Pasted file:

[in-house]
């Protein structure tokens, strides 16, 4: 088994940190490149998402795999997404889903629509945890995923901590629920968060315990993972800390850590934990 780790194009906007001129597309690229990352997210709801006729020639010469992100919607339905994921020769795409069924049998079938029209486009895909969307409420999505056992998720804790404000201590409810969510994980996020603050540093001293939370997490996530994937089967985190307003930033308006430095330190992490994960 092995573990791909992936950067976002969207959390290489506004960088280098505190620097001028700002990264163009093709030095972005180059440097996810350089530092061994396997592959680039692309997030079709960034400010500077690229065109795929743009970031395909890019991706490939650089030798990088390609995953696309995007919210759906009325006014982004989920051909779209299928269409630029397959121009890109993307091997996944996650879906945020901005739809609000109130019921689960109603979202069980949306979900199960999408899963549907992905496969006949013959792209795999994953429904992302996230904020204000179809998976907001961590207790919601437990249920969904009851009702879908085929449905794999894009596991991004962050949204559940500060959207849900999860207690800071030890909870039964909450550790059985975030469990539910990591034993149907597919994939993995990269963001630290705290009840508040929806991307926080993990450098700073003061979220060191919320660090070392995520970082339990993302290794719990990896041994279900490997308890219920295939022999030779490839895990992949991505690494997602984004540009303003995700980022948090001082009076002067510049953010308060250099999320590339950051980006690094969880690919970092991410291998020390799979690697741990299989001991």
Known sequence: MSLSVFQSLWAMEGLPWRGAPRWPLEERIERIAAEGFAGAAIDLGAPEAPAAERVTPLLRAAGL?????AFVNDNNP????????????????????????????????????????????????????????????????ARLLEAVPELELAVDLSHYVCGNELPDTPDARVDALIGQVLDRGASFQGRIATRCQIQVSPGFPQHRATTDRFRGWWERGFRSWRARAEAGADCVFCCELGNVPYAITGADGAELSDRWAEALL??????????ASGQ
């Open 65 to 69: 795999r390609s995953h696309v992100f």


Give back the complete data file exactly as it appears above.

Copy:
[in-house]
């Protein structure tokens, strides 16, 4: 088994940190490149998402795999997404889903629509945890995923901590629920968060315990993972800390850590934990 780790194009906007001129597309690229990352997210709801006729020639010469992100919607339905994921020769795409069924049998079938029209486009895909969307409420999505056992998720804790404000201590409810969510994980996020603050540093001293939370997490996530994937089967985190307003930033308006430095330190992490994960 092995573990791909992936950067976002969207959390290489506004960088280098505190620097001028700002990264163009093709030095972005180059440097996810350089530092061994396997592959680039692309997030079709960034400010500077690229065109795929743009970031395909890019991706490939650089030798990088390609995953696309995007919210759906009325006014982004989920051909779209299928269409630029397959121009890109993307091997996944996650879906945020901005739809609000109130019921689960109603979202069980949306979900199960999408899963549907992905496969006949013959792209795999994953429904992302996230904020204000179809998976907001961590207790919601437990249920969904009851009702879908085929449905794999894009596991991004962050949204559940500060959207849900999860207690800071030890909870039964909450550790059985975030469990539910990591034993149907597919994939993995990269963001630290705290009840508040929806991307926080993990450098700073003061979220060191919320660090070392995520970082339990993302290794719990990896041994279900490997308890219920295939022999030779490839895990992949991505690494997602984004540009303003995700980022948090001082009076002067510049953010308060250099999320590339950051980006690094969880690919970092991410291998020390799979690697741990299989001991």
Known sequence: MSLSVFQSLWAMEGLPWRGAPRWPLEERIERIAAEGFAGAAIDLGAPEAPAAERVTPLLRAAGL?????AFVNDNNP????????????????????????????????????????????????????????????????ARLLEAVPELELAVDLSHYVCGNELPDTPDARVDALIGQVLDRGASFQGRIATRCQIQVSPGFPQHRATTDRFRGWWERGFRSWRARAEAGADCVFCCELGNVPYAITGADGAELSDRWAEALL??????????ASGQ
């Open 65 to 69: 795999r390609s995953h696309v992100f």